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The residence features an unusual layout comprising five large boxes (Photo: Hiroyuki Oki)
The home features a large central courtyard (Photo: Hiroyuki Oki)
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The home features a large central courtyard (Photo: Hiroyuki Oki)
The home is based in Vietnam's Ho Chi Min City (Photo: Hiroyuki Oki)
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The home is based in Vietnam's Ho Chi Min City (Photo: Hiroyuki Oki)
Architectural drawing of House for Trees (Image: Vo Trong Nghiai)
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Architectural drawing of House for Trees (Image: Vo Trong Nghiai)
Architectural drawing of House for Trees (Image: Vo Trong Nghiai)
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Architectural drawing of House for Trees (Image: Vo Trong Nghiai)
Architectural drawing of House for Trees (Image: Vo Trong Nghiai)
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Architectural drawing of House for Trees (Image: Vo Trong Nghiai)
Architectural drawing of House for Trees (Image: Vo Trong Nghiai)
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Architectural drawing of House for Trees (Image: Vo Trong Nghiai)

Like many inner-city residential areas, the Tan Binh district in Vietnam's Ho Chi Min City is rather lacking in greenery. Local firm Vo Trong Nghia Architects sought to make daily life more comfortable for one family by constructing something of a private oasis within the bustling metropolis.

The recently-completed House for Trees was constructed at a cost of US$156,000, and features a total floorspace of 226 sq m (2,432 sq ft). The home is separated into five large boxes which differ in height and sport green roofs that's home to trees which grow within a 1.5 m (4.9 ft) deep layer of soil.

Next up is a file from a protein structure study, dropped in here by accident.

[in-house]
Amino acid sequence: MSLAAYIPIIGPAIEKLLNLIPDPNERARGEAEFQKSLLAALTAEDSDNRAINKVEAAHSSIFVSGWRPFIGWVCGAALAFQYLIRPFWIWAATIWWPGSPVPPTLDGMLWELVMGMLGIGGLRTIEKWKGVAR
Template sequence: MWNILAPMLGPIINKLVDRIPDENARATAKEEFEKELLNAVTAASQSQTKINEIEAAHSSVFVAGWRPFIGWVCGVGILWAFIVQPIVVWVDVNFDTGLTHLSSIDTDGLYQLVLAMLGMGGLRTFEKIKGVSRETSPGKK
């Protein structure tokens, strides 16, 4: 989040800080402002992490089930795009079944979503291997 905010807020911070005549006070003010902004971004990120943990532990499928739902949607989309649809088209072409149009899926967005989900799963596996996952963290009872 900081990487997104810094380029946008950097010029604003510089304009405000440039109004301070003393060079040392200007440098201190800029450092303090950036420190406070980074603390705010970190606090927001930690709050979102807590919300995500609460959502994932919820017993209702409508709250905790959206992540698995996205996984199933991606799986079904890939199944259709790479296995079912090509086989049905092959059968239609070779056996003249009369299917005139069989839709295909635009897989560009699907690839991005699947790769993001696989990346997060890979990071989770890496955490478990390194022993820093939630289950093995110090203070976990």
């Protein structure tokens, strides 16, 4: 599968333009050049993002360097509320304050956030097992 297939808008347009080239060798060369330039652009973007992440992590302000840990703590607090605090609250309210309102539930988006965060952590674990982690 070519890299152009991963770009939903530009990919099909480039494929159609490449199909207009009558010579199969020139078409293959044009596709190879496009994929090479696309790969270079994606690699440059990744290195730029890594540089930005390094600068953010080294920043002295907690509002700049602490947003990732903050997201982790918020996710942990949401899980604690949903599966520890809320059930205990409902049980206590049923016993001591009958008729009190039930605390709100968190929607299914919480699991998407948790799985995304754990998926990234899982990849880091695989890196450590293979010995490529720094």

In addition to making life more pleasant for the residents, the green roofs also serve a practical purpose, adding insulation and a degree of stormwater protection to the home.

The home features a large central courtyard (Photo: Hiroyuki Oki)
The home features a large central courtyard (Photo: Hiroyuki Oki)

Each of the boxes that make up House for Trees was built using a bamboo formwork and concrete, and feature a ventilated cavity between the concrete outer walls and inner brick walls to reduce heat transfer. Common spaces like the lounge and dining area lie on street level, while private areas such as the bathroom and bedrooms are upstairs.

A generous partly-shaded courtyard also lies between the boxes, and a handy series of footbridges enable the residents to navigate between some of the upper levels without being required to descend to the ground.

Source: Vo Trong Nghia via Arch Daily

2 comments
BigGoofyGuy
I think that is cool and green. I wonder if there is some sort of 'rebar' that is in the dirt so the roots would grow around it and help keep the trees from falling over?
tomtoys
Trees very fine. Could be trailing plants from the roof, vertical gardens, vines also - cheaper than nearly 5 foot of soil on the roof and do more to break up the look of all that concrete. Let the greening of cities continue.